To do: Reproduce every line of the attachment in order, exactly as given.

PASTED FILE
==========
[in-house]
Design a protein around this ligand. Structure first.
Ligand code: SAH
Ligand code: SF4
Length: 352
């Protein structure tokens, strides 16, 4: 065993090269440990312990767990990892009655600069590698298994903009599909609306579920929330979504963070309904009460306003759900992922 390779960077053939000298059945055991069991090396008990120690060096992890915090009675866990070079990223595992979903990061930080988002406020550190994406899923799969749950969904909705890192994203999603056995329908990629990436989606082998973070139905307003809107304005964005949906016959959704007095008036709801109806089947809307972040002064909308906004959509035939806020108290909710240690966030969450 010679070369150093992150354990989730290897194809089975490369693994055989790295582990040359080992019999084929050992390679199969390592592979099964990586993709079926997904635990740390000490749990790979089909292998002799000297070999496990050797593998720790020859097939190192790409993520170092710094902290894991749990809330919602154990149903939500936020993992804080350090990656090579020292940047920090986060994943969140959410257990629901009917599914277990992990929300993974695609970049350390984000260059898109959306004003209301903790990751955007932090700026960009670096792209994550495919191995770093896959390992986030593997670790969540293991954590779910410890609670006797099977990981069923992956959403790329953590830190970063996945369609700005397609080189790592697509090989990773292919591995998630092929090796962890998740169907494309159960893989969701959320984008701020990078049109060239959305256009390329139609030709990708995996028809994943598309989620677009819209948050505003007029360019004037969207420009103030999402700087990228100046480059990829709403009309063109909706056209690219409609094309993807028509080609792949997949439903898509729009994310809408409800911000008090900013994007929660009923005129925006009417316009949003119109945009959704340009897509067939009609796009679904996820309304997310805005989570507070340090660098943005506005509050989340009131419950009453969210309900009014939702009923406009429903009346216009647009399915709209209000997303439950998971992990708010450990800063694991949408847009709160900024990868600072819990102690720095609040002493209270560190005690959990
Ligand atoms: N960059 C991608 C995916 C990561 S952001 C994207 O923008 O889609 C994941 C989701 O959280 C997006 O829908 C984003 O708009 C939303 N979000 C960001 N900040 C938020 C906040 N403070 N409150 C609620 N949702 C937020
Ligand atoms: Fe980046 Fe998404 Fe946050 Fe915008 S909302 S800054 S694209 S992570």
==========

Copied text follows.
[in-house]
Design a protein around this ligand. Structure first.
Ligand code: SAH
Ligand code: SF4
Length: 352
């Protein structure tokens, strides 16, 4: 065993090269440990312990767990990892009655600069590698298994903009599909609306579920929330979504963070309904009460306003759900992922 390779960077053939000298059945055991069991090396008990120690060096992890915090009675866990070079990223595992979903990061930080988002406020550190994406899923799969749950969904909705890192994203999603056995329908990629990436989606082998973070139905307003809107304005964005949906016959959704007095008036709801109806089947809307972040002064909308906004959509035939806020108290909710240690966030969450 010679070369150093992150354990989730290897194809089975490369693994055989790295582990040359080992019999084929050992390679199969390592592979099964990586993709079926997904635990740390000490749990790979089909292998002799000297070999496990050797593998720790020859097939190192790409993520170092710094902290894991749990809330919602154990149903939500936020993992804080350090990656090579020292940047920090986060994943969140959410257990629901009917599914277990992990929300993974695609970049350390984000260059898109959306004003209301903790990751955007932090700026960009670096792209994550495919191995770093896959390992986030593997670790969540293991954590779910410890609670006797099977990981069923992956959403790329953590830190970063996945369609700005397609080189790592697509090989990773292919591995998630092929090796962890998740169907494309159960893989969701959320984008701020990078049109060239959305256009390329139609030709990708995996028809994943598309989620677009819209948050505003007029360019004037969207420009103030999402700087990228100046480059990829709403009309063109909706056209690219409609094309993807028509080609792949997949439903898509729009994310809408409800911000008090900013994007929660009923005129925006009417316009949003119109945009959704340009897509067939009609796009679904996820309304997310805005989570507070340090660098943005506005509050989340009131419950009453969210309900009014939702009923406009429903009346216009647009399915709209209000997303439950998971992990708010450990800063694991949408847009709160900024990868600072819990102690720095609040002493209270560190005690959990
Ligand atoms: N960059 C991608 C995916 C990561 S952001 C994207 O923008 O889609 C994941 C989701 O959280 C997006 O829908 C984003 O708009 C939303 N979000 C960001 N900040 C938020 C906040 N403070 N409150 C609620 N949702 C937020
Ligand atoms: Fe980046 Fe998404 Fe946050 Fe915008 S909302 S800054 S694209 S992570």